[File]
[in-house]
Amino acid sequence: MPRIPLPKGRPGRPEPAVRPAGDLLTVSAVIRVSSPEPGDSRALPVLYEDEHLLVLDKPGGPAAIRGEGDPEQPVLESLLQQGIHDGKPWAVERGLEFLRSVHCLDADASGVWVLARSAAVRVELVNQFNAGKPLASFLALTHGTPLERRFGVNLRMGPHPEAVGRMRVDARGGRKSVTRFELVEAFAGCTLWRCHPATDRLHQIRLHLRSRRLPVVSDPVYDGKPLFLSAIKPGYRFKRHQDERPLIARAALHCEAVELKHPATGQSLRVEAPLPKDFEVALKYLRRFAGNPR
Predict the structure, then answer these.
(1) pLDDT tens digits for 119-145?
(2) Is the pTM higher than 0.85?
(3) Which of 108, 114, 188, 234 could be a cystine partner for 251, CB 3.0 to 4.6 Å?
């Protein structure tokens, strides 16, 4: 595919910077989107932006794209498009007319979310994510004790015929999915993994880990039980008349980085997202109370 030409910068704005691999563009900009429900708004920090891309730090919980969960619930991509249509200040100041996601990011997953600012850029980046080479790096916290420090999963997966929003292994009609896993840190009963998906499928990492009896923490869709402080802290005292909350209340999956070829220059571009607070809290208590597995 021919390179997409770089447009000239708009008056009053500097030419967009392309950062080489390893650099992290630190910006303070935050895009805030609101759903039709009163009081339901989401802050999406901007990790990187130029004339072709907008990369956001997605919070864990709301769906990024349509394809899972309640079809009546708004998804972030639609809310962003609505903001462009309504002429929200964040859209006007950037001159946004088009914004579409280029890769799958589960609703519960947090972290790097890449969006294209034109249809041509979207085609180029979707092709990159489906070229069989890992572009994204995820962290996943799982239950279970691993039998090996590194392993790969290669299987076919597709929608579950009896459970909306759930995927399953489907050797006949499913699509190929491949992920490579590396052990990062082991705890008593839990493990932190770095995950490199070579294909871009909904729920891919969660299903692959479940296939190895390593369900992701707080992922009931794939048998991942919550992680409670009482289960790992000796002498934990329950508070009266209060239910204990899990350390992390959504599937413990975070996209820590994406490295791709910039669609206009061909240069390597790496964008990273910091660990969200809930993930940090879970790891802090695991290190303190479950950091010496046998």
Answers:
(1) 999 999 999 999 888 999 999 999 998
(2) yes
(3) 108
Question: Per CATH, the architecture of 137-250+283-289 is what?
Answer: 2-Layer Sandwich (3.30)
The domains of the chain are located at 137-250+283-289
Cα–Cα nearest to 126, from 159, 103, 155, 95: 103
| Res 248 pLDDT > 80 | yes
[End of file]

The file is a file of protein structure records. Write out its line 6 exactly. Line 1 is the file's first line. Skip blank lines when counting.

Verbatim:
(3) Which of 108, 114, 188, 234 could be a cystine partner for 251, CB 3.0 to 4.6 Å?